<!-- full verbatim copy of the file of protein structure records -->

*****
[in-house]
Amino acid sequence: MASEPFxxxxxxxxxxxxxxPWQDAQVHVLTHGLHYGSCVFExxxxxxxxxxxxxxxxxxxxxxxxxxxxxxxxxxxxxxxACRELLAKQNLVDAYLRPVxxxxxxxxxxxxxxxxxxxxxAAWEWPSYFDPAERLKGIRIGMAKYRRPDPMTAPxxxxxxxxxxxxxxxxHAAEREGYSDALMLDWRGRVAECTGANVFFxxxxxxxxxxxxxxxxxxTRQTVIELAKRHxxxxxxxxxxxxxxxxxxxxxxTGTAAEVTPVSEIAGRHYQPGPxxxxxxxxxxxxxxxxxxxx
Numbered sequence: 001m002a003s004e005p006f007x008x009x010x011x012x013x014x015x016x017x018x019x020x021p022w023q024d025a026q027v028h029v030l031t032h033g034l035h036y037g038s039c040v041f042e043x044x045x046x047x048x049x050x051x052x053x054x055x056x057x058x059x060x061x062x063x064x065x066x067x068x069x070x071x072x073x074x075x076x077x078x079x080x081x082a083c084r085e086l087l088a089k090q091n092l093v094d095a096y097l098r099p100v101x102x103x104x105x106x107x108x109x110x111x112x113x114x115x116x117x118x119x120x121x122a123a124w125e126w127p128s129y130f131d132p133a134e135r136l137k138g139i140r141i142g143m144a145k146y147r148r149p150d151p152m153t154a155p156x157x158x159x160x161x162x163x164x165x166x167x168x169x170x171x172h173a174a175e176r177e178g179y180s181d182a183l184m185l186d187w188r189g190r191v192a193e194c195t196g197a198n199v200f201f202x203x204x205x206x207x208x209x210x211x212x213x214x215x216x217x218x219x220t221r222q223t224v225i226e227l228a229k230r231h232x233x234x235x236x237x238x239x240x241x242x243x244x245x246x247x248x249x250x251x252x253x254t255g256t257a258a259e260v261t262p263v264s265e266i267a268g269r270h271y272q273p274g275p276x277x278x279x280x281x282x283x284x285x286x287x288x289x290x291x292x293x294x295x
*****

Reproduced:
[in-house]
Amino acid sequence: MASEPFxxxxxxxxxxxxxxPWQDAQVHVLTHGLHYGSCVFExxxxxxxxxxxxxxxxxxxxxxxxxxxxxxxxxxxxxxxACRELLAKQNLVDAYLRPVxxxxxxxxxxxxxxxxxxxxxAAWEWPSYFDPAERLKGIRIGMAKYRRPDPMTAPxxxxxxxxxxxxxxxxHAAEREGYSDALMLDWRGRVAECTGANVFFxxxxxxxxxxxxxxxxxxTRQTVIELAKRHxxxxxxxxxxxxxxxxxxxxxxTGTAAEVTPVSEIAGRHYQPGPxxxxxxxxxxxxxxxxxxxx
Numbered sequence: 001m002a003s004e005p006f007x008x009x010x011x012x013x014x015x016x017x018x019x020x021p022w023q024d025a026q027v028h029v030l031t032h033g034l035h036y037g038s039c040v041f042e043x044x045x046x047x048x049x050x051x052x053x054x055x056x057x058x059x060x061x062x063x064x065x066x067x068x069x070x071x072x073x074x075x076x077x078x079x080x081x082a083c084r085e086l087l088a089k090q091n092l093v094d095a096y097l098r099p100v101x102x103x104x105x106x107x108x109x110x111x112x113x114x115x116x117x118x119x120x121x122a123a124w125e126w127p128s129y130f131d132p133a134e135r136l137k138g139i140r141i142g143m144a145k146y147r148r149p150d151p152m153t154a155p156x157x158x159x160x161x162x163x164x165x166x167x168x169x170x171x172h173a174a175e176r177e178g179y180s181d182a183l184m185l186d187w188r189g190r191v192a193e194c195t196g197a198n199v200f201f202x203x204x205x206x207x208x209x210x211x212x213x214x215x216x217x218x219x220t221r222q223t224v225i226e227l228a229k230r231h232x233x234x235x236x237x238x239x240x241x242x243x244x245x246x247x248x249x250x251x252x253x254t255g256t257a258a259e260v261t262p263v264s265e266i267a268g269r270h271y272q273p274g275p276x277x278x279x280x281x282x283x284x285x286x287x288x289x290x291x292x293x294x295x